Night view of the War Memorial Opera House. (By Kit Leong/Shutterstock)

Night view of the War Memorial Opera House. (By Kit Leong/Shutterstock)

Why are the great opera companies silent?

By Patti Niemi

Leading a major opera company like the Metropolitan Opera, Lyric Opera of Chicago, or the San Francisco Opera, is challenging during the best of times. And for an art form in the business of crowds, a global pandemic is not the best of times. This crisis is forcing opera companies to innovate. Some management teams are doing it well. Some aren’t doing it.

Yes, but — I imagine the General Directors of these companies replying — What about safety? When singers expel great clouds of air from their considerable lungs, it’s easy to share more than just art.

Last Sunday, Deutsche Oper Berlin began performing Die Walküre. They implemented frequent, rapid turn-around testing for their cast, and are performing live to a reduced, socially distanced audience. Earlier in the summer, they performed a semi-staged adaptation of Rheingold on the roof of a parking deck. London’s English National Opera is offering screenings of La Boheme at a drive-in movie theater. Their solutions are as untraditional as they are magical. Opera Europa has published shared, continuously updated guidelines as a resource for organizations to safely prepare their facilities.

Yes, but those companies are in Europe. Europe’s response to the pandemic was faster and more comprehensive.

Atlanta Opera has put together a new Health and Safety Advisory Council — a team of epidemiologists, public health specialists and doctors. Their Molly Blank Big Tent Series will present 18 performances of Pagliacci in a custom-made tent without walls, allowing fresh air to move through the venue at all times. The tent will have capacity for up to 240 audience members, with socially distanced seating and required masks.

Moving outdoors has been working for other companies, too. Washington National Opera has a pop-up opera truck which will drive their Cafritz Young Artists around the city on demand. The General Director of Michigan Opera Theater, despite only joining the company in August 2020, has inaugurated his tenure with a chamber-music reduction of Götterdämmerung—performed in a parking garage.

Yes, but finding money for these innovations is difficult.

Among the reinvented fall season offerings are Houston Grand Opera’s Live from The Cullen Recital Series, which kicked off on September 11 with a performance by international star soprano Tamara Wilson. The series is being underwritten by two long-time supporters, who made an extraordinarily generous gift specifically for HGO Digital programming.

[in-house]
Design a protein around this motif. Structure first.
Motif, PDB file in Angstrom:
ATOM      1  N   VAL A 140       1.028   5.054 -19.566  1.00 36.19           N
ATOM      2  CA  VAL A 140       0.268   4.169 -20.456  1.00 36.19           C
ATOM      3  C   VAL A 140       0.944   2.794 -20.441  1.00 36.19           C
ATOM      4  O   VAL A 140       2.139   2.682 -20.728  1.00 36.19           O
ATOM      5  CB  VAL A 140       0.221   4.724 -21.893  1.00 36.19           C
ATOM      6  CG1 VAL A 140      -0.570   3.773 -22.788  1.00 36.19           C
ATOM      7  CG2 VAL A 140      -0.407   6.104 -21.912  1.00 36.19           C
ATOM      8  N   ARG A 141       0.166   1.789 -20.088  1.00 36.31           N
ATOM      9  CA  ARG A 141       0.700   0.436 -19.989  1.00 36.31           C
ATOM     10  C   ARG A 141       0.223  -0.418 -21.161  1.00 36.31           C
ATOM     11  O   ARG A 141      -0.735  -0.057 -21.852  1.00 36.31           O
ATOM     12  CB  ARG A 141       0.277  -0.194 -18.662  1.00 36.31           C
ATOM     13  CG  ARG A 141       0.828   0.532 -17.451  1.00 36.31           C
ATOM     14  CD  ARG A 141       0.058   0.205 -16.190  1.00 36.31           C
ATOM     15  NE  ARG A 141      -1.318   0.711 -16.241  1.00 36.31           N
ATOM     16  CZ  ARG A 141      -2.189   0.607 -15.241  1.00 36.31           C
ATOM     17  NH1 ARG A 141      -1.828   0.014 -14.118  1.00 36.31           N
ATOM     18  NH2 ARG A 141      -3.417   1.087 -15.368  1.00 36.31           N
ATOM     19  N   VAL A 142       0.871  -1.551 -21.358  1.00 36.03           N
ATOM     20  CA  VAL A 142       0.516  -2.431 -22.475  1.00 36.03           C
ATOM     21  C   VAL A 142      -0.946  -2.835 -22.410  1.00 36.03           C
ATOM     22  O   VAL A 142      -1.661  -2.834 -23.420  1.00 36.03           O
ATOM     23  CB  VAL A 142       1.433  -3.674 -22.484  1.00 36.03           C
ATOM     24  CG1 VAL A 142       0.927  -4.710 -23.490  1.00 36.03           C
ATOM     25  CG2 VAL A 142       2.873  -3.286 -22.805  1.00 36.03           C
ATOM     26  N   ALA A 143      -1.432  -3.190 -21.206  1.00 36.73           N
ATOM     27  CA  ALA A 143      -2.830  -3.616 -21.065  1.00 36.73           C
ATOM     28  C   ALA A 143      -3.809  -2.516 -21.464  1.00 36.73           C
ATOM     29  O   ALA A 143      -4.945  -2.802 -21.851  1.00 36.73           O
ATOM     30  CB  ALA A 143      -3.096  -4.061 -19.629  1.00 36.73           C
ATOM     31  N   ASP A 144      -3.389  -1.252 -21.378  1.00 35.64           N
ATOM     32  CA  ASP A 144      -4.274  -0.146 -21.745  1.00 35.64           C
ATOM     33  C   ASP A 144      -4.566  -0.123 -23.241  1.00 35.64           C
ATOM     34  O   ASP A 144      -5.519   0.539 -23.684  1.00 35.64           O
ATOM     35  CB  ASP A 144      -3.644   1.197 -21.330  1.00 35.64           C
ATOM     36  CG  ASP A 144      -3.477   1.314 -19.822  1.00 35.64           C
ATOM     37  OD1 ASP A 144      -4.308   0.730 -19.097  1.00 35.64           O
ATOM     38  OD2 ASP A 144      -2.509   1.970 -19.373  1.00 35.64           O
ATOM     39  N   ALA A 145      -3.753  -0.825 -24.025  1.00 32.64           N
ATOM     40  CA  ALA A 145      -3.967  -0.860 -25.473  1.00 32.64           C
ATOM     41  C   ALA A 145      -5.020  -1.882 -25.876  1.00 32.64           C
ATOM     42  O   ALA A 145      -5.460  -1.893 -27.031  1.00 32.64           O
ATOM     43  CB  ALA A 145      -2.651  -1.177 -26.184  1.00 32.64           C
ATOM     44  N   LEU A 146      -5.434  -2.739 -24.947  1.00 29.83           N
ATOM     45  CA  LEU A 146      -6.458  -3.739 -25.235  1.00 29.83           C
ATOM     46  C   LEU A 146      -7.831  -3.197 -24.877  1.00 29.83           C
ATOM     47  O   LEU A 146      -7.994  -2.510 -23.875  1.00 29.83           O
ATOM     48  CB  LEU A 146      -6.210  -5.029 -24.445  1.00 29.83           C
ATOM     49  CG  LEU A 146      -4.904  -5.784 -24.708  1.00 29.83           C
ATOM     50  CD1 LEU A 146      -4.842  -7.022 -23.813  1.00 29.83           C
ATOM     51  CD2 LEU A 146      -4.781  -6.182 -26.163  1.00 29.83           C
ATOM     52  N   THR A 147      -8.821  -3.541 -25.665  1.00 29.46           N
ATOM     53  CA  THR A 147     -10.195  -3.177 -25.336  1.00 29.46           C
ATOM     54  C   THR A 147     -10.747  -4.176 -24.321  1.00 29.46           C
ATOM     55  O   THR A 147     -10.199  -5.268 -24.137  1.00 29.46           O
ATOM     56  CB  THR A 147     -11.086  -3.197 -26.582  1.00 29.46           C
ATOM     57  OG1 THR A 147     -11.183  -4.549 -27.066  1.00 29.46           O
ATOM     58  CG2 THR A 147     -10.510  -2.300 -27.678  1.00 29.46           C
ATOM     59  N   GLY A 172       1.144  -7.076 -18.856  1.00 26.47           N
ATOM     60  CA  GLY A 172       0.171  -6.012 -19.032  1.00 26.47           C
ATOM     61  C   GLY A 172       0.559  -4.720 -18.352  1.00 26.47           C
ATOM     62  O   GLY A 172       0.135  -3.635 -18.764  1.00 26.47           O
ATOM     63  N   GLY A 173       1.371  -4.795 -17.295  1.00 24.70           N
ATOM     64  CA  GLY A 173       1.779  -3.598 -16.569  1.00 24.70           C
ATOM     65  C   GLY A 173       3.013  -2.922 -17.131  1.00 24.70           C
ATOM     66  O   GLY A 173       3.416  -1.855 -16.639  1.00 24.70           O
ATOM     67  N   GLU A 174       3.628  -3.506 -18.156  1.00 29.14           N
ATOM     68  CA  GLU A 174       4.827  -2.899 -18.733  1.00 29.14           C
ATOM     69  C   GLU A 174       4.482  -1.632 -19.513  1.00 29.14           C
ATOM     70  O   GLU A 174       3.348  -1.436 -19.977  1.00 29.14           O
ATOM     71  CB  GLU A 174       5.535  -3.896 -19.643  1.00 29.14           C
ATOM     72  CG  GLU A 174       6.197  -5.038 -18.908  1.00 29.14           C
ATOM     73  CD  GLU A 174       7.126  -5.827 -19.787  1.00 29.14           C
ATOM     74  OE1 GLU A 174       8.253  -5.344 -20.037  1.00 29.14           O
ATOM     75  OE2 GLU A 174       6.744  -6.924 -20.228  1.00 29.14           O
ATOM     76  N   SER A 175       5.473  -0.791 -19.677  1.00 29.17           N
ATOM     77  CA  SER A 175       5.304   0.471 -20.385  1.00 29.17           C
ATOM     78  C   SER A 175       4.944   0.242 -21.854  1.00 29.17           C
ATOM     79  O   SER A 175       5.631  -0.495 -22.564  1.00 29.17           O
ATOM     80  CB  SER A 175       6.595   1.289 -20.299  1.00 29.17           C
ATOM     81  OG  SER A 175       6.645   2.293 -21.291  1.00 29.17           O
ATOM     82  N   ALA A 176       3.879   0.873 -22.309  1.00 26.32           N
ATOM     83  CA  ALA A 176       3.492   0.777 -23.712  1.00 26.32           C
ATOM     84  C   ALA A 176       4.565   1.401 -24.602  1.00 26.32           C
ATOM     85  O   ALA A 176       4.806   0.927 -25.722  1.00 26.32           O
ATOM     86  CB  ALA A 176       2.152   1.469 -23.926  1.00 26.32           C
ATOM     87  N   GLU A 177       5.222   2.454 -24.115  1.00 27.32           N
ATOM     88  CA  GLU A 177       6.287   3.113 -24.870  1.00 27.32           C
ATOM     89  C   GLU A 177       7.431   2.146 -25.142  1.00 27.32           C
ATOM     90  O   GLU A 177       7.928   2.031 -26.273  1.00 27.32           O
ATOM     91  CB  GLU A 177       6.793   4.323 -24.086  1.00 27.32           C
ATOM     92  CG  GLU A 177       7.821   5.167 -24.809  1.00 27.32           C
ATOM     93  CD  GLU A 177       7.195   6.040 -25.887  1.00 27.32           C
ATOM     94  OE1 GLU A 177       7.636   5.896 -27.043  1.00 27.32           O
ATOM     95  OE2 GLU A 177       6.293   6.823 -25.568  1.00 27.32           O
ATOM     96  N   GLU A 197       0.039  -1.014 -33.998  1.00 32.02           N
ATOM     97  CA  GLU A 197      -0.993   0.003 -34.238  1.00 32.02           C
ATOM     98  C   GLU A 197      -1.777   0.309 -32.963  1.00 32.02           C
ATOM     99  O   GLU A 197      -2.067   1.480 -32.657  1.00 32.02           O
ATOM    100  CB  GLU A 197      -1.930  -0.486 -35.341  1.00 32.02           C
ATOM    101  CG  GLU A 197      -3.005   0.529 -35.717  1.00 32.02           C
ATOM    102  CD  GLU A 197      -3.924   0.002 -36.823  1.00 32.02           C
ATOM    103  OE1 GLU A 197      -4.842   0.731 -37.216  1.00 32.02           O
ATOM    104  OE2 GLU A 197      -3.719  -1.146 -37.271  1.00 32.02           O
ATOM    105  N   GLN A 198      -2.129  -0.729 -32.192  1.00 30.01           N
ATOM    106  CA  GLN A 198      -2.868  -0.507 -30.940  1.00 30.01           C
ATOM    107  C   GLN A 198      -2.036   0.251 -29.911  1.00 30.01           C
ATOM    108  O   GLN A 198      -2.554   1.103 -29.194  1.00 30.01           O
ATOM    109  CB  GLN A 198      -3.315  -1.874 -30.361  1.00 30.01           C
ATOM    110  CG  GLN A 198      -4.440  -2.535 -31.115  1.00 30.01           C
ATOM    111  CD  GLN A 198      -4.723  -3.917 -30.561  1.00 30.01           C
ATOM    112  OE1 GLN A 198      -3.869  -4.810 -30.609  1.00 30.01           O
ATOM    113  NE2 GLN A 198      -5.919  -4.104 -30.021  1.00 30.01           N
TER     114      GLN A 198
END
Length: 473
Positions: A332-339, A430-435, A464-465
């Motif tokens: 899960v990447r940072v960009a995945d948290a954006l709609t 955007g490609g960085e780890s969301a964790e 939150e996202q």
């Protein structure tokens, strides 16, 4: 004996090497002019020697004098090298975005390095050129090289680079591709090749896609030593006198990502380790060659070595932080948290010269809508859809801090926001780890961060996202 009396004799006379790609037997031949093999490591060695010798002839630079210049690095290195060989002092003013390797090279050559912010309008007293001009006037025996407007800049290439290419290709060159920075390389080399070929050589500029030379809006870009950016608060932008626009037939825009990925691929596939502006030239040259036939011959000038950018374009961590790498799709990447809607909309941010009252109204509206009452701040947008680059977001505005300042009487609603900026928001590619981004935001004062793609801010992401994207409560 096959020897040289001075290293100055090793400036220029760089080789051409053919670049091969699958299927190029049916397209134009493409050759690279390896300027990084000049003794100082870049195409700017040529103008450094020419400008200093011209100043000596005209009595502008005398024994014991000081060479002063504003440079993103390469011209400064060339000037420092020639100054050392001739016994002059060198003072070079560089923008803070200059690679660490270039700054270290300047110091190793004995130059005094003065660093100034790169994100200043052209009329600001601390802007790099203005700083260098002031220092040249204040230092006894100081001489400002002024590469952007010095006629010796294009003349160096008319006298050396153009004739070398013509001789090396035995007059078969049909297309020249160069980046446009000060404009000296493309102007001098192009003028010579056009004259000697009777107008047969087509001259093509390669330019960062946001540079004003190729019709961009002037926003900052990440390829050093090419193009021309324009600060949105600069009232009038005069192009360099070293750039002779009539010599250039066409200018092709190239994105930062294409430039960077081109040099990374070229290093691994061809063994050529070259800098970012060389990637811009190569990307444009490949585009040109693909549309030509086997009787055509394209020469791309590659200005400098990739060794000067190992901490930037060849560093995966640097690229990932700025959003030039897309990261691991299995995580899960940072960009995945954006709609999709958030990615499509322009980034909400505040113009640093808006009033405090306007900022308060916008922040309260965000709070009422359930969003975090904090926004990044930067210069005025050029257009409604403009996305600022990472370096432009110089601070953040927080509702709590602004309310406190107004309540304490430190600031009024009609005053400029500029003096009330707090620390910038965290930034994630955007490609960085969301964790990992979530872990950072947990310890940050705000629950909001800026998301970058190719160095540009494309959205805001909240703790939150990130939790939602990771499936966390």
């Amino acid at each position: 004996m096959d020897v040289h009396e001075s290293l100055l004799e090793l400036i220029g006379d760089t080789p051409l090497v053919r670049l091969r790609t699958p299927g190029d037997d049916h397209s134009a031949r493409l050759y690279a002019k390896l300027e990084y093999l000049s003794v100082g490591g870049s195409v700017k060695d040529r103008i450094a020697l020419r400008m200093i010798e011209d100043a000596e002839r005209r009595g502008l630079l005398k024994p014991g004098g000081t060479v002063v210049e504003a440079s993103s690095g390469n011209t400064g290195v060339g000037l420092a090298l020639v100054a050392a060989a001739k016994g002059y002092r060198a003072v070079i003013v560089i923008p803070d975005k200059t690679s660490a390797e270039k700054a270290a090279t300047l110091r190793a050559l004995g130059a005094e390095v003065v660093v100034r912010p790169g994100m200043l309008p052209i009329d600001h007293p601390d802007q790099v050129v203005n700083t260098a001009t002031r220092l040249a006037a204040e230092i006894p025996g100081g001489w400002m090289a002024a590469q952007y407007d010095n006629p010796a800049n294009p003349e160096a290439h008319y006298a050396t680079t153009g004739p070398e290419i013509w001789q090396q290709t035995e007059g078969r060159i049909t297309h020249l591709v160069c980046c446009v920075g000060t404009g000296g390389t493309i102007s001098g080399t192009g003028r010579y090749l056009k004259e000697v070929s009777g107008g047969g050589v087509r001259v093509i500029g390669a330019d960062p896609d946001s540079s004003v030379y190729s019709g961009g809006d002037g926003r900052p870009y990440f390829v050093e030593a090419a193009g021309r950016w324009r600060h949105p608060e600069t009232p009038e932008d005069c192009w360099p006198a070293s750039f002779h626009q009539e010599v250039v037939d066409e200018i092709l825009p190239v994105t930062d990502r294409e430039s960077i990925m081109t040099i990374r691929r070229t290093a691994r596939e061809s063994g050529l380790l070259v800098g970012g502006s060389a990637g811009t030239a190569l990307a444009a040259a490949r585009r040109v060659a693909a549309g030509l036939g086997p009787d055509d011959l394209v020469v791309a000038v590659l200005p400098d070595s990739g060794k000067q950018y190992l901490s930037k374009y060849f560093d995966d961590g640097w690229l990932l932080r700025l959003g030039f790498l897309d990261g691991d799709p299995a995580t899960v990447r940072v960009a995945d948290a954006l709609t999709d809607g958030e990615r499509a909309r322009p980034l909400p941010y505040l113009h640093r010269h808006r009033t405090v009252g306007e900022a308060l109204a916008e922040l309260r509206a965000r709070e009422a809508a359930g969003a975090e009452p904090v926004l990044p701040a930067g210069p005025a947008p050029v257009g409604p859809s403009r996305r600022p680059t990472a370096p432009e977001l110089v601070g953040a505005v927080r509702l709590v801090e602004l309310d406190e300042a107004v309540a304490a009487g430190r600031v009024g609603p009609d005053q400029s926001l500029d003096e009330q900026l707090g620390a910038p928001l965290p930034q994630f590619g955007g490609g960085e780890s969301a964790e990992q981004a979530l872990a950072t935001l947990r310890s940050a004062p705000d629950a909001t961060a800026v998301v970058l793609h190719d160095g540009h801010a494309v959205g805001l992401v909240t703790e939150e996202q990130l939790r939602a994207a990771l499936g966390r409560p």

Other companies are turning to subscription models. Opera Philadelphia is presenting David T. Little’s Soldier Songs and Hans Werner Henze’s El Cimarrón on their new streaming app, The Opera Philadelphia Channel. Los Angeles Opera is selling digital tickets for the company premiere of The Anonymous Lover, which will be streamed online while the opera is performed live at the Colburn School.

Yes, but our traditional repertoire was created by white men from centuries past. A changing world wants to include works created by the BiPoC community.

Francesca Zambello, the artistic and general director of Glimmerglass, commissioned “Blue,” an opera about an African-American family whose son is killed by a police officer. Washington National Opera, which Zambello also leads, will perform it in July 2021. In June 2019, The Opera Theater of St. Louis, premiered “Fire Shut Up in My Bones,” the story of a Black boy growing up in a segregated rural Louisiana town. “The Central Park Five,” an opera about a 1989 incident in which five Black and Hispanic teenagers were wrongly convicted of assault, premiered in June 2019 at the Long Beach Opera in California.

Yes, but those companies are small; it’s easier for them to change course.

Steering a big ship is hard and it takes big money. According to the New York Times, despite the MET’s furloughing their musicians without pay since March, they were able to pay $2.6 million to James Levine to settle a lawsuit. San Francisco Opera’s endowment is worth approximately a quarter of a billion dollars. If there was ever a time to release funds, a global pandemic is it. Coming back from the pandemic to a full endowment and an empty theater would be devastating.

There is a great truth, one that we sense on a nightly basis: there is no art form more beautiful than opera. What other creation combines music, words, drama, and stagecraft? With our audience, we share stories of life, death, love, loss, passion, joy, anger, regret, and pain. Opera tends to be—as the chorus in Turandot sings—“Grave, enormous, and imposing.”

We want to collaborate. We, the musicians of these grand opera companies, have experience, passion, history, and ideas. It’s heartbreaking that our managers are presiding over ghost lights.

The leaders of these companies are focusing on the “but.” We musicians, as well as our opera-loving communities, want to focus on the “yes.”

Patti Niemi is a percussionist with the San Francisco Opera Orchestra and author of Sticking It Out—From Juilliard to the Orchestra Pit.

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